When it comes to retaining employees, companies must have a benefits strategy — which for some is key to reaching long-term goals for controlling costs and budget considerations.
Such is one of the findings included in the firm’s “Benefits Outlook 2017” study, which found that 78 percent of participating companies confirmed having a long-term benefits strategy (for between three and five years), while 69 percent acknowledged the impact a robust benefits plan has on employee health and productivity. Eighty-two percent said a benefits package is instrumental for reaching goals.
To conduct the study, Aon surveyed more than 43,000 private-sector employees from a variety of companies with at least 25 employees in Puerto Rico. Completed entirely online, the survey included questions about insured and uninsured benefits plans, human resources practices and policies, and strategy and plans for the future.
The sample of respondents “is significant because it represents an excellent representation of employees from a variety of industries, in tune with the reality of the current labor field,” said Wanda Conde, AON’s senior benefits consultant.
During the survey period, many of the employers said they had already implemented or were considering adopting some elements of the labor reform (Law 4 of 2017). After Hurricane María, AON conducted a second survey to confirm this trend.
It showed a significant increase in the adoption of these changes among the group of companies surveyed. The most outstanding change was in the probationary period. Prior to the hurricane, 41 percent of the companies had implemented changes, while the second survey showed that more than 80 percent of the companies have already implemented the changes.
The study also revealed that “well-being” benefits are becoming increasingly important. This includes perks such as student reimbursement programs, social activities and physical and emotional health initiatives, pet insurance, yoga classes and workstations with modules that allow the employee to switch between working in a sitting or standing position.
“The information gathered in this report is of great value because it allows companies to compare their benefits offer to their employees with those of other companies. This way, they are able to know how competitive their benefits are and will help them identify the areas that they could adjust according to their strategy,” Conde said.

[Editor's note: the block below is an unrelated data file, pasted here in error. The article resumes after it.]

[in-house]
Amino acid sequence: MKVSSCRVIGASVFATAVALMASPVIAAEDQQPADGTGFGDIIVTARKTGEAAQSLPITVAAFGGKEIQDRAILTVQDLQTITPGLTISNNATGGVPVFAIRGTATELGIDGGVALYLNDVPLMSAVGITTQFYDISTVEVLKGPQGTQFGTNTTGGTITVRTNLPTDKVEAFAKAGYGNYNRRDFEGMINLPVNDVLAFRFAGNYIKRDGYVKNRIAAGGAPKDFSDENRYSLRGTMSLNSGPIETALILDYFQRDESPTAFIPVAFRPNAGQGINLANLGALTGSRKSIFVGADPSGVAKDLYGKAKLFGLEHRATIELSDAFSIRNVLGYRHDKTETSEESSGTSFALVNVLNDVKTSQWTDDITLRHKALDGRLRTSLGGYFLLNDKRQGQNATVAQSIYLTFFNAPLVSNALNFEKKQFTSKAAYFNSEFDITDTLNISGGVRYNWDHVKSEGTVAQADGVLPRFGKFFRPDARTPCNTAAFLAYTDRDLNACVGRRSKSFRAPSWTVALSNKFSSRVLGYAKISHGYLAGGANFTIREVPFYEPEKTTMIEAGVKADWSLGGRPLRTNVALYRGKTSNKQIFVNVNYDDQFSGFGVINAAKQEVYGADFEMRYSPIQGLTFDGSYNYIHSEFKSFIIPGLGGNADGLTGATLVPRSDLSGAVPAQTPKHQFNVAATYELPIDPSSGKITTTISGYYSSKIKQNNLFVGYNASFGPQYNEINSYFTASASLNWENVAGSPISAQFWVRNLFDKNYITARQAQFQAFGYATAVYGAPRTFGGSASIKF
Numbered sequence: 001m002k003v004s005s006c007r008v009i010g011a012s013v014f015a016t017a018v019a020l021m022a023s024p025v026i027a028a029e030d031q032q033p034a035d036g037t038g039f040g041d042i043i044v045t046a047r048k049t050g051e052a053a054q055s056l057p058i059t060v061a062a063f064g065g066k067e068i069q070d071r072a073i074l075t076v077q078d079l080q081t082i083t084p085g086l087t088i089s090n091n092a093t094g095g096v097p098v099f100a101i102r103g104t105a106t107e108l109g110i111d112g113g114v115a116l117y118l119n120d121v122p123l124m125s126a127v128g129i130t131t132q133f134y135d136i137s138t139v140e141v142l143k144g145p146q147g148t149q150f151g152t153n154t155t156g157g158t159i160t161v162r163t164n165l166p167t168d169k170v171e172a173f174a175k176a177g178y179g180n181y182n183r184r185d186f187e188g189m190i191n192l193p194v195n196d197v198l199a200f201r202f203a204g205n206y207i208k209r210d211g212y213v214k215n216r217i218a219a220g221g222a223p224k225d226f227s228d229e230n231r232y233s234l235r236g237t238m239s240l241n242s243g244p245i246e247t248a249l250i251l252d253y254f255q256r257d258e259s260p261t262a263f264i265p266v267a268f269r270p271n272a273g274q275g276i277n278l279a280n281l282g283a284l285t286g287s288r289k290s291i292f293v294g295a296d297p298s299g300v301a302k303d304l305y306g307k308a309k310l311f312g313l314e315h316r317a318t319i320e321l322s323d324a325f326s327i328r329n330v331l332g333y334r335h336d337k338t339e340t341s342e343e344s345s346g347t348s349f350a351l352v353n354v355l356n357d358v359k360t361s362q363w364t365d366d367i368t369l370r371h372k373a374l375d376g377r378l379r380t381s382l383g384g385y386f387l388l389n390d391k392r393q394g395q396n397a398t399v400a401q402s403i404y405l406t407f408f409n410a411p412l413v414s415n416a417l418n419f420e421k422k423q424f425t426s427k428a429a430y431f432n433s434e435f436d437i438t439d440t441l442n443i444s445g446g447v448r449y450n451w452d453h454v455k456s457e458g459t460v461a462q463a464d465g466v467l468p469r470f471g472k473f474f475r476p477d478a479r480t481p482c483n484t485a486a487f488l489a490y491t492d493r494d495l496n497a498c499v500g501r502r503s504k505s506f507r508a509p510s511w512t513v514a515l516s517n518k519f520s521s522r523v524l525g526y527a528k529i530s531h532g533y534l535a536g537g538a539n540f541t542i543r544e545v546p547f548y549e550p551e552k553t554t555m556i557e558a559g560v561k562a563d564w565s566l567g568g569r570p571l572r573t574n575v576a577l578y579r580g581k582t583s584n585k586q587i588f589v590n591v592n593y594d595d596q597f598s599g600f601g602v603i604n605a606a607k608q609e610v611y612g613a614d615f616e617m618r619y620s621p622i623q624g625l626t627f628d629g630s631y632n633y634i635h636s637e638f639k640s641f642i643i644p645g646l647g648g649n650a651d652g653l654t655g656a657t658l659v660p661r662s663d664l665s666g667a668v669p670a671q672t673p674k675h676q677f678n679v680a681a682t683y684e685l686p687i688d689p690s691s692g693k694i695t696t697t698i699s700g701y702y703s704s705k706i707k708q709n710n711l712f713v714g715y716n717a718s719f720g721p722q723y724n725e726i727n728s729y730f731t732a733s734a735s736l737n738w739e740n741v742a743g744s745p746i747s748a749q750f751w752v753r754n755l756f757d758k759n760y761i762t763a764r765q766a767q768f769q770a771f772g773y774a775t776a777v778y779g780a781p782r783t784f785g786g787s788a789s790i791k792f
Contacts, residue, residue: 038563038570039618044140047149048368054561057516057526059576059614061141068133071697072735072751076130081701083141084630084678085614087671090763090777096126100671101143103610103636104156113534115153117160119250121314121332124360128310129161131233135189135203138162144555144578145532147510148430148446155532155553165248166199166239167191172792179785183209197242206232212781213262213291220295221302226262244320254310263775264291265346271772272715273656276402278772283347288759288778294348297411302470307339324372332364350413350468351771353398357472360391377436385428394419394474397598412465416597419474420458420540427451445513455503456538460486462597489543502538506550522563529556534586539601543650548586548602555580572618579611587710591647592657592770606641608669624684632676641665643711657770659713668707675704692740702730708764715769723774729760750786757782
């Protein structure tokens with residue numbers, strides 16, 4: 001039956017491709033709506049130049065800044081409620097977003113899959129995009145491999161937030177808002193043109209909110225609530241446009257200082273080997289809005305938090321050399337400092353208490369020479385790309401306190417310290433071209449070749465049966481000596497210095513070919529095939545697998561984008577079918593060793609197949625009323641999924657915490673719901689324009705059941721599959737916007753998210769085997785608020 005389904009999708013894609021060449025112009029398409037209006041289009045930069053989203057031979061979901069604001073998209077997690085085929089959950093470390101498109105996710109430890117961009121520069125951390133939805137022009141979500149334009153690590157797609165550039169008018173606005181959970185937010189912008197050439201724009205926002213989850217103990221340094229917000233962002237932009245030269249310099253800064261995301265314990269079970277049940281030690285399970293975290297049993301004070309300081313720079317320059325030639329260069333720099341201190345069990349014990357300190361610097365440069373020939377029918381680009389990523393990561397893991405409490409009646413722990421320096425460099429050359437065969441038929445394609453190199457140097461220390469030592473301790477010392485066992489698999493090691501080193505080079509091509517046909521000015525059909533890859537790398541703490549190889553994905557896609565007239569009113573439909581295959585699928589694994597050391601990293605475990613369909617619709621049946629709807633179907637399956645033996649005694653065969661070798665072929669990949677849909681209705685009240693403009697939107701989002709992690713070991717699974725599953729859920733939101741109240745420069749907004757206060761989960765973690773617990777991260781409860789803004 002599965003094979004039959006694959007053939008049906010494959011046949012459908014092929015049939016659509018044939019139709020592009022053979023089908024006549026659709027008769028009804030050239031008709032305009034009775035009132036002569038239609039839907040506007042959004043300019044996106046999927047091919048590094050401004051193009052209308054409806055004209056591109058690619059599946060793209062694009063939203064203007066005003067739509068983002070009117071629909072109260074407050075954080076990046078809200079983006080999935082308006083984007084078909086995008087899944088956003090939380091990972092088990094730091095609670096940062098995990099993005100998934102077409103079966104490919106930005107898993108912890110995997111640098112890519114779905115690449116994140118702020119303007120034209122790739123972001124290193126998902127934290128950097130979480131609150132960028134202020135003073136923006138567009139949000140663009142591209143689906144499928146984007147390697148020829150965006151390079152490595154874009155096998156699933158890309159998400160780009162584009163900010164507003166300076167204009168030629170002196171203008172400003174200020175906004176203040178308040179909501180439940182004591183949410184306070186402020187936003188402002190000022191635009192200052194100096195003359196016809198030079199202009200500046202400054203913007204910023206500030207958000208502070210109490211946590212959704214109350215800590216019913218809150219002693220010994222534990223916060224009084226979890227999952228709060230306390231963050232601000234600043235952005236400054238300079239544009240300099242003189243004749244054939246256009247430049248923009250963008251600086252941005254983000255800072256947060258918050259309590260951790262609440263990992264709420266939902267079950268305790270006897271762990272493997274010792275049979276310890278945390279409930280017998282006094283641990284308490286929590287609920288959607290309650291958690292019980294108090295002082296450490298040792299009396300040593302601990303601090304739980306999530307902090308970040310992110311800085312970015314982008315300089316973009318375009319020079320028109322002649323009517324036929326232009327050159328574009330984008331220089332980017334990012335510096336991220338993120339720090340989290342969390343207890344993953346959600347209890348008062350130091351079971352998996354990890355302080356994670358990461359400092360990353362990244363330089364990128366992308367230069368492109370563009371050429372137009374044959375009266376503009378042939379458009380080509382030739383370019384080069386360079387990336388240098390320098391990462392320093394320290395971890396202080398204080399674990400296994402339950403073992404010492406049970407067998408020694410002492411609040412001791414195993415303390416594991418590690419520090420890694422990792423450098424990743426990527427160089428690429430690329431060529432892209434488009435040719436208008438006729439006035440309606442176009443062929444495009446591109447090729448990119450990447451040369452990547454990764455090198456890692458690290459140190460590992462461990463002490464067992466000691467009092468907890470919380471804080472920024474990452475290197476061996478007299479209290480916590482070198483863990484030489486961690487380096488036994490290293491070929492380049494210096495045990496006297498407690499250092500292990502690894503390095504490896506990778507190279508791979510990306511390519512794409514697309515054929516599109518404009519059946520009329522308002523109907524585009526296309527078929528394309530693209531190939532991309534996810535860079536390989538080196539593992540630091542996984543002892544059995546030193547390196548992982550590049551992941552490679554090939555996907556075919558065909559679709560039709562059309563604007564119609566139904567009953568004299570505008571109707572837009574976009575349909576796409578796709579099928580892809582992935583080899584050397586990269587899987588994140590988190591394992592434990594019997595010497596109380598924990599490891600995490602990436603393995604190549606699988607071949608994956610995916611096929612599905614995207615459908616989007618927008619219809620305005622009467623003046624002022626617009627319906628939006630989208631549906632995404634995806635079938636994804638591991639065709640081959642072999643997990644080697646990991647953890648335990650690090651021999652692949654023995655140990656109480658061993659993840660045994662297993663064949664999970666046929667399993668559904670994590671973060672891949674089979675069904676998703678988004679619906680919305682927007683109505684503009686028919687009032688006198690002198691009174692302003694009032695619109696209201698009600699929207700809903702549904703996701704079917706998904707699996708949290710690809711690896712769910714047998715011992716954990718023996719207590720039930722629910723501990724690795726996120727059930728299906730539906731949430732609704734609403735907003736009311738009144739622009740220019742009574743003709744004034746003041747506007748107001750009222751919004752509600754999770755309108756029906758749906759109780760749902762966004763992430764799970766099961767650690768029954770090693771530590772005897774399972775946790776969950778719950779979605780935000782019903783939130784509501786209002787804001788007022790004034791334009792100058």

For Conde, “Benefits Outlook 2017” is an X-ray of the important world of employer benefits.
“Puerto Rico is going through a period of great challenges: the economic situation, the recent changes in labor legislation and new generations,” she said. “This forces us to rethink our benefits strategy. On the other hand, faced with the increase in operational costs as a result of Hurricane María, employers need to reduce costs in other areas.”
Although modifying plans and increasing employees contributions are valid options that produce immediate results, companies must not lose sight of the fact that benefits programs continue to be an important tool to attract, retain and keep employees engaged, she said.
“The key is to identify cost-effective alternatives that generate value and satisfaction and help to counteract the revision or reduction of other programs,” Conde said.
“The challenge faced by human resources professionals is to quantify which benefit programs help achieve productivity, financial efficiency and commitment goals. Aon has tools available to meet these needs,” she said.